Newspaper Page Text
EDITORIAL AND MAGAZINE PAGE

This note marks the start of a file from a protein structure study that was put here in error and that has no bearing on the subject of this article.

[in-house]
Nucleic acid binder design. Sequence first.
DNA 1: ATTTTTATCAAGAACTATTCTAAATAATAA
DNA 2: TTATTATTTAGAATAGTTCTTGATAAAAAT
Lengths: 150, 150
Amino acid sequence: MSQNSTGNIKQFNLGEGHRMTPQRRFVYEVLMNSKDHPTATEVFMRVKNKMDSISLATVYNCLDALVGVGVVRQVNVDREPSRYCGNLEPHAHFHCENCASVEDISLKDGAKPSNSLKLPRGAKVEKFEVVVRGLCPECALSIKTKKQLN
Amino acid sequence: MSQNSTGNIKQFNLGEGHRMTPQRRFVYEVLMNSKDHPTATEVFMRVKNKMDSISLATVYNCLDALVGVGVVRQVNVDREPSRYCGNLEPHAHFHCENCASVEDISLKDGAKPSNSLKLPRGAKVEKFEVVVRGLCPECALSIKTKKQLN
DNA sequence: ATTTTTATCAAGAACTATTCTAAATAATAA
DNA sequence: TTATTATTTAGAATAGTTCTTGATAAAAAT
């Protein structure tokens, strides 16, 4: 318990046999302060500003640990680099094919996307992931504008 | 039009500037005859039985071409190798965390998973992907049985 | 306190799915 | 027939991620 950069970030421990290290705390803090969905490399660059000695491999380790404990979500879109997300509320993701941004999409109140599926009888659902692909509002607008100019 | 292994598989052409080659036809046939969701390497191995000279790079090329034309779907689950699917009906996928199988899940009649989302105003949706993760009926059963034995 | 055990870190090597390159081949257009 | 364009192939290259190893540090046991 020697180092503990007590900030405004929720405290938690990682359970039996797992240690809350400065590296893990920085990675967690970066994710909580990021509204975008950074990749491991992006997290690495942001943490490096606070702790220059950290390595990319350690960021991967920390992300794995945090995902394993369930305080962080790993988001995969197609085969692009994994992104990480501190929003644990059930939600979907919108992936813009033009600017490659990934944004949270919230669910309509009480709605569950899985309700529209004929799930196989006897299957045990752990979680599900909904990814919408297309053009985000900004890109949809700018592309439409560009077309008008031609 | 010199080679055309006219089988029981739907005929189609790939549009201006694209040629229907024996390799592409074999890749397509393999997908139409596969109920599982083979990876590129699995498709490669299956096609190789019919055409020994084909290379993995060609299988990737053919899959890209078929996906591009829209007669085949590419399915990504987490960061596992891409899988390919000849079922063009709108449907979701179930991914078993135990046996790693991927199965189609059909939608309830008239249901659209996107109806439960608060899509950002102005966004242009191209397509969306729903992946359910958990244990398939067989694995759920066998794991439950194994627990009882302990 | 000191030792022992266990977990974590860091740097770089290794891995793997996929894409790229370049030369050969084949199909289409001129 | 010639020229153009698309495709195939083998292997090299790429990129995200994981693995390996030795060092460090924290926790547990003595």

6 EL PASO HERAUD JSstxbliBhod April, 1881- The El Paso Herald includes also, by absorption and .uccessioR, Tbe Daily News. The Telegraph The Telegram, The Tribune. The Graphic Th 3un. The Advertiser, The Independent, The Journal. The Republioan, The Bulletin. MEMBER ASSOCIATED PHESS AND A3IER. KBWSP. PUBLISHERS' ASSOC Entered at the Postofflca in El Pago. Tex., as Second Clasa Matter. Indicated to the service of the people, that no good cause shall lack a cham pion, and that evil shall not thrive unopposed. The Dally Herald is Issued six days a week and the Weekly Herald is published even- Thursday, at EI Paao, Texas; and the Sunday Mall Edition Is also sent to Weekly Subscribers. -f Business office ......... Editorial Rooms Society Reporter ....... Advertising department BER.4I.D tELEPHOXES TERMS OF SUBSCRIPTION. Daily Herald, per month. 60c; per year. 57 00. Weekly Herald . per year JJ.00. The Daily Herald Is delivered by carriers in El Paso. East El Paao. xon Blis and Towne. Texas, and Ciudad Juarez, Mexico, at 60 cents a moaUu A subscriber desiring the address on his paper changed will ploase sun la Mm communication both the old and the new address. - COMPLAINTS. .. , M Subscribers falling to get The Herald promptly should call at the office or telephone No! 115 Ibilfo? e 6:30 p. m, All complaints will receive prompt atten tion. ' f . IUARANTEED CIRCULATION. The Herald bases all advertising contracts on a yuirnte of more than twice the circulation of any other El paao, Arizona. Kew Mexico or "West Texas pa per. Dally average exceeding 10,000. in t i'w T Tt. Aa.AMdfin ttr American . k A4vstiisr8 ha erxmLied od ceruiied to r tbe (scalaiee af thir jpubScadoa. The detal ; L reecct o suck extauoatioa oa file t the , f tfvw Yerk e&e of the A-odnbsa. Ne - f guy$e ajuTM ei csrcuUhoa purtawed. V$& It. 97 Miiiaiii"'"' Watching the REPORTS published in The Heraia today show some laxity in the enforcement of the anti-gambling laws and the saloon regulations. The point to be emphasized is that unceasing vigilance is the price of protection against the excesses of the gambling element. The gambling going on in this city in con section with pool games and cigar counter raffles may not be regarded as very serious in itself at this time, but small infractions of the law tolerated by tho public authorities and by the people in general are bound to lead to greater in fractions, finally entrenching the evil of gambling so strongly that a big fight is necessary to dislodge it. It is undeniable that a gambling element of considerable strength is being Attracted here by the races, keno games and other Juarez institutions. It is not to be expected that the gamblers are going to confine their operations to the other de of the river. They will make every effort to get a foothold in this city of 40,000 people. Unless the decent element in El Paso combines in a strong organ ization to protect the city, 'one thing will lead to another, and before we know it we shall have a powerful lawless element in this city to deal with. "When the first advances are made toward violating the anti-gambling laws or saloon regulations, or on the part of the authorities towards tolerating such violations, then is the time to take action swift and sure to put the lawless element on notice that relentless prosecution will follow every known infraction of the law. One of the worst features of the present situation is that young boys 'are not only permitted to loiter around the pool rooms in the neighborhood of saloons, but they are actually being taught to gamble in these places. The effect on the younger generation, if .such conditions continue, will be to impair the moral sense, and to make such weaklings much less valuable as producers. The idea that a man can get along in this world without giving a fair equivalent for what he gets is only one step removed from the notion that highway robbery is one way to make an lionest living. , ,. $. - Readers should carefully distinguish between the different kinds of pool rooms mentioned from time to time in the newspapers. The pool rooms mentioned in the article in today's Herald, where the game of pool or the game of billiards may be played on special tables constructed for the purpose,4 mut not be confused with the "pool room" so often referred to in the perpetual fight against racetrack gambling, such pool rooms being places where racing pools or "books" are written and bets received on the race horses running at distant tracks. The two kinds of pool rooms have no necessary connection with each other, but as a matter of fact racing pools or books are often written in places where the game of pool is played, simply because these places afford convenient quarters for the congregation of the socalled sporting element. Common business sense will lead El Pasoans to fight public gambling in every onn in which it may show itself. The various organizations of business men have already combined to discourage the playing of keno across the river by wage earners and clerks from this side. The money that goes over the keno tables is practically all diverted from the chanaifc of honest business in El Paso. We are the losers, and the dollars and cents argument is driving El Paso business men into undertaking an aggressive movement in self defence. The same reasoning applies to gambling in El Paso no matter what form it may take. Any employe handling money who habitually gambles even in a small way shows h'msplf to be untrustworthy and he must be watched if his employer wishes to guard against thievery and. inefficiency. Public gambling is in every way detrimental to, good order and is a heavy tax on legitimate industry. In the train of this crime follow many others, and the presence of gamblers attracts others of the worst class any community has to deal with. It is the business of the law and the lawfully constituted authorities to pro tect the weak against the consequences of their folly and the families of the vicious against the consequences of the vice of their rightful wage earners. The Herald's sole object in publishing the observations of its representatives diking a little tour around the city is to direct attention to the general subject and enable the people, if they wish, to take steps to combat a tendency against laxity in law enforcement. If the Citizen's league be revived, as has been proposed, it will be in position to take active steps in preventing the opening of race gambling pools or books on this side of the river. That is an evil of the most serious nature, which must never be allowed to gain the least foothold in this city. All these other things, of minor importance in themselves, are quite signifi cants indicating a tendency towards carelessness. Governor-elect Colquitt has promised great things in the way of promoting material development in Texas. There is no way hy which he can make himself solider with the people than hy inaugurating a new era of industrial progress through legislative and executive common sense. The repeal of the I. & G. N. hill and the thorough revision cf the Robertson law relating to life insurance com panies will he an earnest of good faith. Then take the embargo -off mineral pros pecting, reestablish the mineral survey, revise the land laws to promote coloniza tion, and fairly readjust taxes of public service corporations, and Texas will leap forward. o The Most Practical Program STATEWIDE prohibition for the various states did not make many converts at the recent election. Local option by counties, by cities, and by precincts or even smaller subdivisions in cities, with high license, strict regulation, and efficient control, comprise the most practical program for reducing the evils of the liquor traffic nnder present day conditions. No single state is in "position to enforce prohibition, and the country is cer tainly not ready for action by the national government to prohibit the trans portation of liquor, or tax it out of existence. Until the time comes for national action or perfect cooperation amongall the states with uniform enforcement of uniform laws, the statewide prohibitidn idea cannot be successful unless in states where public sentiment is practically unanimous in that direction. Among the railroaders on the Santa Fe payroll at San Marcial, N. M., are four women, two -Mrs. and two misses. The Santa Fe has a good many women in its employ throughout -the system, and itMlidn't require any suffragette cam paign to bring it about either. t In all the republics of the three Americas there is scarcely a large city from which the United States might not profitably learn much regarding civic beauty. Auto. 1115 2020 irERAII TRAV ELING AGENTS. Porsons solicited to subscribe for The Herald should beware of Impos ters and should not pay money to anyone unless he can show that ha Is locally author ized by the El Paso Herald. Symptoms Bell. .. 113 , .2020 .1013 ,. US u NCLE WALTS -r.r-.--- . T tf"V f xl-Ki-N you leave yourx oowny cijuch mini a, uij; u.uiJt-c-cvuxiuicuMpfuv!., .... VX. benn vcur morninjr's labors with the manners of a neartnen'youT friends will wish you'd slide to the forest wild and -wide, and, like any other bruin, do your growling in your lair. I have figured it this way: If I want to spoil my day, if I want to fuss and clamor till my ja.ws are flecked with foam, I should seek a place re- IN THE MORNING mote, there to shed my shoes and coat, and kiek up a holy rumpus till the cows are coming home. For I haven't got the right to go snapping, d.iy and night, making life a weary burden to the people that I meet; and although my nature's dour, and mv temper hard and sour. I have made some folks imagine that it's reamialdy sweet! Life is more or less a bluff, and pretension is the stuff; jiiot j pretend that you are gentle, though you're savage as a bear; just pretend that j you are kind, and the people are so 'blind that they'll say you are a dais, and tut: n juu-ist; uu utei iitni:; Copyright, 1910. by Geoxgo Matthew e a trice Fa; S. -. IF you are fat, and would like to be considered beautiful, go and l.e : Africa. In Tunis I used to walk :n the ba zaars -with a native gu'de and lie would say: "Here, ifodemoisellc, comes a very beautiful lady. The "beautiful lad''' was tn-.aviably enor mously stout. One day I said to him "Mubtapna, do all your countrymen admire fatness in a woman?" "But yes, Mademoiselle," he an swered, earnestly. "Whir, should any one admire a woman who showed her bones? We :n Afra like to ?e; a woman large vtiy l.rge." 1 thought of several of i"y " .ils who were struggling to red - ,sier weight. denying themi s Many comforts and losing- healtn. in tho process, and -wondered if they would be happy In Africa. Flsure la Everj-tklnjr. Most women hate to be fat: tnere Is do noubt of that. The average woman (Will sacrifice her face to her figure. She will grow wan and haggard with dieting and extreme exercise, but if the scales tell her each day that she has lost a few ounces, she will not fret over her altered looks. No woman Is beautiful unless she la healthy. It is not necessary to have brilliant pink cneeks. for many beautiful skins are of a clear, healthy pallor. But It Is necessary that your eyes be clear, and they won't be unless you are healthy. Heal Beauty. Of course, no woman with any desire "Tadger's Test" Br' Radcllffe 3lnrtl. IT "WAS- . fine, sunny evening, and Mr. Tadger sat at the open win dow of"his shoD hammering nail ,'after nail and stud after stud into a huge boot, till it looked as If It had been armour-plated. A shadow fell athwart the window, and Mr. Tadger glanced up from his work. He saw a gaunt youth watching him with intense Interest "That's somethin as Is worth lookln at P.zra Jukes," saldMr. Todg er, holding up the boot and gazing at It almost affectionately. "It Is, Mr. Tadger.'' There was a pause, and Mr. Tadger intently surveyed the boot to see if he could find a vacant space for one more nail. Suddenly Ezra Jukes coughed in an. embarrasedd way, and said: "You know a terrible deal about marriage, Mr. Tadger?" "There's no man within five, nr p'r'aps ten, mile o' 'ere knows more about matrimony than me. I've 'ad one 4two three wives." Mr. Tadger em phasized each figure by a tap with his hammer. "I'm finding It a bit awkward to pick one," proceeded the youth. "You see, Mr. Tadger, my mother says I ought to, marry one o' them Maddox girls. They'll all 'ave a bit o money, an" they're not so bad lookln'." "You might do worse," returned Mr. Tadger. "A bit o' money 's an advan tage with a woman. My first 'adn't a penny, but I made no mistake about two and three. "But I likes all .three of the Maddox girls," said the youth, pathetically. "It'd be trigamy if you married 'cm all at once," said the cobbler, seri ously. "Why not take 'em one at a time? You may marry the lot before you've done with 'em. Look at me! "But even then I can't make up my mind which I'd like to start with, Mr. Tadger. You see, Mary's the tallest, and Bessie's the fattest, and Grace 's the voungest. Now, I likes a girl to be plumD, but I don't want er short, and I'd sooner 'aye a young one than a old onp." - r "You tos up for It," suggested Mr. Tadger. " "I shouldn't feel anyways comfort able which ever way the toss went. I'd he sure to want the one I 'adn't. So I've come to you. Mr. Tadger, as a man understanndin' marriages, an a moT, -with mind that every one looks i up to just to see if you could 'elp me to tell which one o the lot I really wants." Mr. Tadger looked up shrewdly at the youth. "It's a great pity that I ain't got a pair o' new boots in 'and. When I'm doin' a bit of 'igh-class work my mind gets igh-class accordln. I've 'ad thoughts when I've been makin a pair o new boots as the rector 'Imself 'd 'ave been proud of." "I've been thlnkln' for long enought that I wanted you to make me a pair," began Mr. Jukes eagerly. "It'd be almost again my conscience to make you one pair," replied the shoemaker. "If I made you one pair you'd get so mighty fond of 'em that you'd wear 'em day In and day out. Now, boots is like folk they needs rest. If I makes you two pair, an you wears 'em change about, they last thrco times as long as one pair. I'll measure you for 'em now. Ezra. If your wife, when yo gets 'er, suits you 'alf as well as my boots you'll 'ave a lot more "appiness i' marriage than" most men get." Whenever Mr. Jukes passed the shop during the week. Mr. Tadger nodded significantly at him. At last, on Sat urday evening, he beckoned the youth to him. "Listen" to me. Ezra. When you're out with the three of 'em which one does you put your arm round?" "Well. I'm sort o' merry-go-round in a way o' speakin'," replied the youth. "I'll 'ave a arm round two of cm an' they'll take It 1' turns to be the odd woman out. "Well, which one are you most jeal ous of? Supposln" I 'ad 'cm 'ere, which ona "d vou mind me klssin most?" i Denatured Poem t- ?i-K KS ll..- .- Ai.T5nKaiiyvlt Ollfl ftmkJ Adams. ts ;.i Says ea!th Means . Beauty. ' for gcod ooks ever touches intoxicants ( of any kind. Yoi can't drink and preserve a good ,. rn..nnaK' -rr5- women prefer the complexion to the drink. Beauty of expression 5, r"02pr than beautv of feature or coloring. You may have a good co vl-xin an straight features, but if jwr ruuuth droops in peevish, bad-teni-i-. lines, you will not be generally con&idered good looking. Beauty of expression lasts till old age, wjhereas coloring fades and fea tures gradually change. A straight nose Is very desirable, these is no doubt about that, but if you are born with a tip-tilted one, atl the fussing on earth won't chauge Its curves. Whnt Men Admire. Healthful, sensible living will help a long way toward a good complexion. Content will give you a sweet expres sion. If you are a wise woman, you will do yoir best to gain both complex Ion and expression. Men admire a straight carriage and good figure in a woman. We do not live in Africa, so It is not necessary to weigh over 200 pounds to gain admira tion from the opposite sex. But. don't wear yourself out In the effort' to get thin. . Take a moderate amount of exercise and eat reasonably, and that is as much as It ! wise or safe to do. Many women lose their health and never regain It in their mad pursuit of slhnness. To be beautiful you must be happy and you must be healthy. Don't forget that. The Herald's Daily Short Story Mr. Jukes stared at Mr. Tadger. "I shouldn't mind an old 'un like you kissin' any of 'em." At Tsulc-pr frowned. "Ezra Jukes, you 'avon't as much j imagination I' j-o"ur ead as that boot. Now, let's say that Jim Sellars .came j an' cuddled 'em all. Which one 'd you f mind his cuddlln most?" "I shouldn't like im cuddlln' any of I 'em," replied Mr. Jukes, indignantly, i "I'd not stand It from Mm." Mr. Tadger looked -despairingly at the youth. "Well. I must think out some other way o makin clear to you which you wants, Ezra." He paused a moment, and a smile passed across his face. "I've got an idea, Ezra. I'll settle this for you be fore tomorrer's over. You'll know Just which of 'em you want then. Now, they all somes In to church on Sunday even in'?" "Yes; I goes with 'em reg'lar" "An you take 'era back to the farm up Hazel Lane?" "Yes." "Well, take 'em that way tomorrer night. Don't 'ave anyone else with you, if j'ou can 'elp." On Sunday evening Mr. Jukes left the church with the three fair maid ens. As they reached the seclusion of Hazel Lane his arms automatlcally folded round the waists of Bessie and I Marv. The modest" girls took as little j notice of the embrace a"s they did of the sunset- "It looks like rain," said Mr. Jukes, directing his remarks to Grace Mad dox, who, being for the moment un embraced, deserved some consolation. "Father says the glass Is fallln'," re sponded Grace. A curious bellowing sound came echoing down the lane. Suddenly Mr. Tadger appeared round the corner. He held his ancient top hat in his hand, his coat-tails were flying behind him and his short legs almost twinkled as he sped over the ground. He had only breath enough to shout wildly as he passed, "Mad dog! Mad dog!" j After supper that evening Mr. Tad- I Kcr waiK.uu prouuij up 10 tue j utvca a larm. "Ezra got in?" he asked Mrs. Jukes, cheerfully. "E's just 'avin' a look at the beasts before 'e goes to bed. "You'll find 'im in the yard somewheres." Mr. Tadger strutted confidently in. the farmyard and soon espied Mr. Jukes leaning over a gate apparently lost In contemplation of a dilapidated haystack. He stepped up to him and slapped him cheerfully on the back. "Now, Ezra, wasn't that mad dog a firstclass Idea o' mine? For an old 'un I didn't do it badly. I almost felt there was a mad dog at my calves.'' "Wasn't there no dog, then?" in quired Mr. Jukes. "O" course there wasn't." "I've torn my best trousers to pieces for nothln", then," said Mr. Jukes, gloom ilj'. "Not for nothln'!" exclaimed Mr. Tadger. "Now, t"Il me this when you see me runnlh' an shoutln' "Mad dog,' which one o' them girls did you grab at first to put into safety, for that's the one you've give your 'eart to." Mr. Jukes glared at his advisor. "Ow was I to know that it wasn't a real mad dog? I've a widdered mother. I f 'ave, an a tender skin. I just jumped the hedge an run for my llfp. It wasn't no time to be botherln about girls. I ran two miles before I stopped, an' then I went a long ways round to Maddox's farm. I just wanted to know if them girls 'ad got 'onit safe. An they all said to me, 'Don't you never show your face 'ere again. Leav ln us to a ravenln mad dog like that.' And when I says that my mother was a wldder they laughs at inc." Mr. Tadger stared at the youth for a moment, and then a curious twinkle came In his eye. "I said I'd settle It for you, Ezra, and it's settled you c-n-n't 'ave none of 'em. But don't you NUTS AS FOOD ARE THAN BEEFSTEAK Lowly Peanut Found To Be Richer Best Roast. THE increase in the consumption of nuts by Americans has been so rapid within the last few years that, even among people who do not subscribe to the vegetarian's en thusiasm, nut eating has almost rsahed the proportions of a fad. Un like most fads, however, nut eating, Tfl nut raising are altogether rational r.nd the nut Industry is being fostered in every way possible by the depart ment of ar'c 'Jure and by various states wiacii ;-e adapted climatically for nut prodact:o In ea.ny j.y nuts " - .ooked upon as a. Iu ury u. ths V 1 Statc-j. caief.y because the fas .poIp r:otie"5 English walnut, a .or.d, Er.iil nut, cocoanut and plstacL.o ner? imported, while the more humble na:.-1. j nuts, tha hickory, hazel, butter and peanut. were left to tins country vy. T"da.y. however, the conditions are chans-d. While we still Import large quanti ties of nuts, the bulk of our supply Is domestic, the almond being grown profitably In several states, the pecan having attained wide popularity and the Inexpensive peanut of Virginia f Carollnas, arid Georgia having c raised to a position of respectable L by the Investigations of dietitians w -have proclaimed it among thu richest in food properties. Rich In Protein. The edible portion of nuts, with very few exceptions. Is highly concentrated food consisting chiefly of much fat an' little water. In general, nuts are alsr rich in protein, the peanut containing' 29.S percent of this nutrient, while tV'e butternut, beechnut almond and Bra zil nut also rank high. The nut rich est in fat Is the pecan, which contains 70.7 percent, with the Brazil nut a close second with 65 percent. For a number of years the nut as an article or rood has been stigmatized by Its reputation for Indigestibllity. This Idea has gained prevalence Mrgely be cause the nut has never been given its proper place on the menu. Although a highly concentrated form of food, we are accustomed to eating it as a sort of postlude to a Lcar-y meal, thus overcrowding He alg-stive organs and causing "" scorufcrt. Recent ex periments have demonstrated that If nuts were eaten as an integral part of the meal and not as a supplement ary feature or a stimulant, there would be no ill effects. Much stress Is now laid 4upon the thorough masti cation of nuts, and scientists who ad vocate their use for food Insist upon an inclusion of fruits and green vege tables to furnish the necessary bulk required by the digestive organs. Xnt Butters Become Popular. The Increasing popularity of the nut has resulted In multiplying Its uses and the forms In which It may be served. One of the most popular uses to which It has been put is In butters of various kind the peanut butter be ing sold in ton lots at present. The nut butters, being made from finelj ground particles of the kernels, are, as a general proposition, more readily di gested than the nut proper, and they are much used tby vegetarians, as well as by persons who cannot eat .animal fats and who find In these a pleasing variety. The use of nuts in confectionery ! constantly increasing In the United States, while among the Germans they have been popular for many years In such fSrms as the highly ornamental cakes called "marzipan." Among nut products may be mentioned the nut flours and meals, some of which are being manufactured on a commercial scale. As a rule the edible nuts are made into meal by blanching, thor oughly drying and grinding. By using a nut mill the meal may be made at home. Almond meal has been on the market for a number of fears and Ist highly valued by physiclans as4 a' diet' for diabetic patients. Chestnut flour Is also on sale in the United States, being used for most of the culinary purposes for which the fresh nut Is recommended. In Italy this flour con stitutes a considerable portion of tho food of peasants, especially in certain take It to 'eart. I'll bring you two pair o' boots tomorrer that'll be better company than any wife; an there's this advantage about 'em they don't last as long, an' you can throw 'em away when you want. You cheer up. "Cve 'ad three of 'em myself, an I'd just as soon he without e mas with 'em." But Mr. Jukes looked Inconsolably Into the distance. Years Ago To ?rom Tho Hsald Or 1 his Data "39?. day Mlt4 "W Mr3. J. H. White returned this noon over the Santa Fe. Harry Mitten has returned from a long trip to Arkansas. Mrs. Jennie Lyons returned last night from Galveston. Mrs. W. M. Stockwell.has returned from a trip to Vermont. J. F. Jones of Weed, N. M., is in town buying merchandise. The date for the Choral soclet3'3 concert has been set for November 24. County clerk-elect Park Pitman is recovering from an attack of pneu monia. Sheriff Garrett and judge McFie and family came down this noon from Las Cruces. A. P. Coles sold today for the El Paso Real Estate company to H. M Hood, lots 23 and 24. block 15, Franklin Heights addition, for S425. Frank Ainsa has gone to Jefferson Barracks, Mo., where he will wed Miss Roselle McNamee, sister of one of tho officers stationed at that post. The departure of Tom Fountain for Mexico City was for the purpose of in vestigating the report that his father, Col. Fountain, had been seen in that city. An order has been issued in the dis trict court at Phoenix permitting tho sale of the famous Vulture mine under terms of a deed of trust given by sen ator Tabor of Denver for security oj loans of $23,000. The English company is completing its surveys at Selden dam preparatory to throwing dirt the first of the week. The First Methodist church has re arranged its lighting system. A hand some chandelier now graces the main audience room. Messrs. Campbell and McCutcheon will undoubtedly be the leading can didates for the position of collector of customs at El Paso. J. A. Smith, former postmaster, will seek reappoint ment to the place from which he was bounced for writing an editorial, when he was the Herald editor, reflecting upon Clovcland's Hawaiian policy. 14 BETTER AND ONIONS By Frederic J. Haskin in Nutriment Than the districts of Tuscany. There the whole nufs are eaten in a variety of ways, both cooked and raw. Early travelers .and explorers in this country found that the Indians used nuts as a staple food, and In California certain tribes still use ground acorns and horse chestnuts pr flour. Flour of the latter, of course, has to be bleached in order to remove the bitter and poisonous principles. I'eenni for Turltej- SitiiTlnwr. The use of nuts e.3 an important in gredient in certa:: breakfast foods and as a substitute icr ccliee is familiar to every reader c- advertisements, while the thrifty 1 oisevr.lo does not need to be told c the delectable culinary possibilities f the pecan as a stuffing for the wl ' rkey, and of the palata biiity of ", chestnut-filled goose, while the ". . trie J walnut is often re 1'cd upon t" cuicken the appetite cf the sated epicure. It probably will come as a. surprise to most economic housewives, however, to learn that as an energy producer the Insignificant peanat is, more than six times as nutritious as tho - Baio amount cf porterhouse steak, measure i .1 dol.ars and cents. Ten cents -north ct peanuts contains three times as r. ch fcod energy as the same amount cf whole milk, twice as much as ched Jr cheese, and nearly twice as much as pctatoes. Almonds, Brazil nuts, chestnuts hickory nuts and pecans ail exce' r rTrhouse steak as an economic f a;I p-oduct, in mo3t cases by two to one and over. "With:--! tie last few years the trade ill phalied nut has Increased very iT"'at!: Shelled peanuts, walnuts, pe cana and Eracil nuts can be purchased In most fruit stores. Some of the un shelletl nuts especially th- p-can, ire often polished highly an I :e shells worn quite thin, in order that a high price may be demanded for them. Many efforts have also been madi to rind a bleach that would add to the attractive appearance of the nut, out moM of those have been found un-atisfartory. The use of the sulphur bath, for cxi ample, bleached the shell beautifully, but it injured the flavor of rhc kernel very niaterlallj-. Shan the Shelled Nut. From the standpoint of health the shelled nut Is not as highly recom mended as the nut with its natural casement, which prevents infection from dust, bacteria and dirt. So thor oughly has the microbe idea perr.icn5.ed our consciousness that the seienti-lc housewife now washes ah nuts before they are cracked and servel, as it is known that a dusty nut shell will con taminate all the kernels with which It comes In contact. Even rhe shelled kernels are frequently subjected to a "bath" before being eaten. The beechnut has integral associa tions with history and romance. Pliny tells us thai at the siege of Ohlos the unfortunate Inhabitants o. the city subsisted on the fruit of tie hvech for many days. The tree Itself has ever been a favorite plave on which to register challenges to enemei?. epi taphs and initials of loved ones, ts smooth gray bark furnishing excellent writing material when sword or pen knife is used as the stylus. The mutability of nut fame, like the human variety, is exenipliflod in ibe case of the filbfrt, which docs .iol compare in ponular'ty tol.iv w rli many otners. Iat In the Augustan era it enjoyed iorr.e of itam-s re flected glory, for Virgil tells uc that it Married Life the First? Year Mabel Herbert Urner "iheiiZb" fcfcf " HERE'S no sense In that child I crying like that!" Waoren threw down his paper and strode into the nursery. Helen was rocking the baby in a vain endeavor to quiet it. It was the nurse's afternoon off and the baby had "been even more fretful than usual. For almost an hour now it had been cryi'ig incessantly. "Lay It down and leave it there!" demanded Warrea. "Give it to under stand when it cries like that you'll pot nurse it. Put it down and come outl" "Oh, it would cry itself sick!" "Well, what is It doing now?" "Hush-ss-ss! Baby, baby! There, there, don't cry any more!" Differences of Opinion. But the baby only screamed the louder. "Don't stand so nsar, Warren. I think you maxe It more nervous. It'a not used to any one standing over it like that." "Well, it will have to get used to it. It's high time it was learning a few thlngfd you're spoiling It to 'death. Lay it down as I say. Come out ami leave it alone. It will soon stop cry ing then!" "Oh, no, no it's too little! It's too young to try to train like that. Wait till it's older." "If it's not too young to scream for an hour through sheer temper. It's not too young to learn to stop. Now lay It down and come out!" "No, no, I can't. It would cry itself into a spasm!" Hubby's' Way. "Look here, Helen.- you've humored that child long enough. You've tried your way ever since it was born and It cries incessantly. Now you are going to try mine. Do as I tell yoa. Lay It down and come out." "Oh, don't, don't Warren, please go away! Don't you see your being In here is just exciting it?" But Warren had stepped forward, and In spite of her protesting cry had taken the baby from her and laid it In Its crib. Then very firmly he led her from the nursery and closed the door. Helen was excitedly trying to fre her arm from his clasp to fly back Into the nursery. "Warren, Warren, you can't leave it alone like that! It's too little, it's too little! Oh. you are cruel, you arc ' "No, It is you who are cruel nurs ing and rocking- It' every time It crls, spoiling it so It will be harder and harder to break. Now, this time let me manage it." Persistence. "But I can't. Oh, I can't let it cry like thai alone!" "You must. Go into the front room Avhere you can't hear it. Lie down oi the couch In there, i'ou look tired to death. I will stay here. If It cries too long I will come and tell you. Now, do as I say, Helen. It will be much better for the baby in the end." He almost pushed her into the front room and closed the door. Then he be-, gan walking grimly up and down the Abe Martin e-5Ms50?y&dLf VET i uon't care who "writes our laws ei :mgs, but I'd like ', write th bacon schedule. In eatin' spaghetty th' head should hang well over th' table. was more honored than the vine, the myrtle or even the "bay. Many people still believe in the ' occult powr ot the filbert or hazel, tree. A forked twig Is not infrequently empIov.d v tii. ignorant as a 'divining rod for finding hidden treasure, veins of pre cious metals, subterranean streams of w:.tpr ai'd even for detecting ..rim Ira" 5. i-'lwt "Walnuts lu Per.sla. Tue English, French, Italian iml Ma dirr walnuts are all descended from the' Persian walnut trees which grew on the shores of the Caspian sea. It was introduced Into Italy in the first century of the Christian era by the emperor Vitellius and was then called juglandes, or .nuts of Jove. As boys were employed by the Romans to knock the nuts from the trees. It be came a custom at a marriage for tho bride and bridegroom to scatter nuts among the children to indicate that the bridegroom renounced all boyish amusements henceforth and that tho bride was no longer a votary of tho virgin goddess. Diana. It is quite probable that the French word for nuptials, des noces, comes from this ancient custom of De Nuce the title of one of Ovid's poems. The culture of the juglandes ex tended from Italy to Gaul (France) hence the earlier name, Gaul nut, was corrupted to walnut, by the English. The ancients believed that this nut would cure hydrophobia. The walnut timber Is highly prized today for fur niture, but more especially for gun l stocKS. a single tree in r.ngiana uns been known to bring as much as $3000. The betel nut, a native of the East Indies, Is put to uses' entirely different from the nuts of highly civilized coun tries. It is universally used among the Malayan races as a sort of to bacco. Its juices having a stimulating quality. Tomorrow Pens and Pencils. BXTTIESIUPS 1U3ACII BREST. Brest, France, Novs. 15. The fourth division of the American battleship fleet, comprising the Georgia. Nebraska, Rhode Island ana Virginia arrived here today. l sitting room, which adjoined the nura-ery-r The baby was still screaming. Five ten minutes passed. Helen came to 'the. door. ""Warren, I can't stand It. You must let me so to It." She was crying herself now. Sha tried to force her way past him to the nursery. But resolutely, almost rough ly, he took her back Into the front room. A Diagnosis. "You must stay there, Helen, if I have to lock you in. Pre besrun and I I'm going to see it through." "You're going to kill my baby!" ex citedly. "No, rm doing it a great kindness, and you must not interfere." Again he closed the door upon hor. And there was something in his volco that made her fear to open it again. Once more he walked up and down the room- Still the scr-cams cama from the nursery angry, convulsive screams. That baby needed a spank ing. Nothing else would stop it, ha told himself, grimly. That crying was terajxer, just temper! And the sooner it was conquered the better. He threw open the nursery door and strode determinedly to the crib. Ie was fully resolved to slap it: his mind held no other thought. And then as he bent over it he' hesitated. He felt curiously baffled. The SHHBklnjc. Where was he going to strike It? i There didn't seem to be anv nlaop. Tts little, red clenched rists were held up rigidly they and its convulsed little face were all that were visible. His determination , to spank it wai plainly weakening. How could ho, when there seemed no place? And Yt the baby was still- screaming. And that was temper, only temper, he re peated to himself to strengthen his purpose. Gathering his courage, he tapped sharply at one of the fists with his forefinger. r The babj- stared at hftn in surprise. For the moment it was oo astoulshel to cry. And then, with a gurgle, it caught at the finger with both tiny hands. They were hot and wet an-l they held on to his'finger with a weak: little clutch from which, somehow, he couldn't draw away. He sat down oa a chair by the crib. " The- Solution. The baby still held to his finger. It had stopped crying and was gurgling softly. Its face was all wet with" tear-. With his other hand he got out his handkerchief and awkwardly wiped them off. That soft little Hutch on liis finger sonfajiow. it thrilled him as nothing ever had before. A half hour later '"the nursery door opened noiselessly and Helen stood on the threshold. But, as the door was behind him. he did not see her. What she saw was a sleeping baby with its little hands holding itlght to Warren's finger while he sat there patiently by the crib fearing to move, lest ho awaken it. For a moment she watched thn. And then, very gently she closed th door and stole softlv away.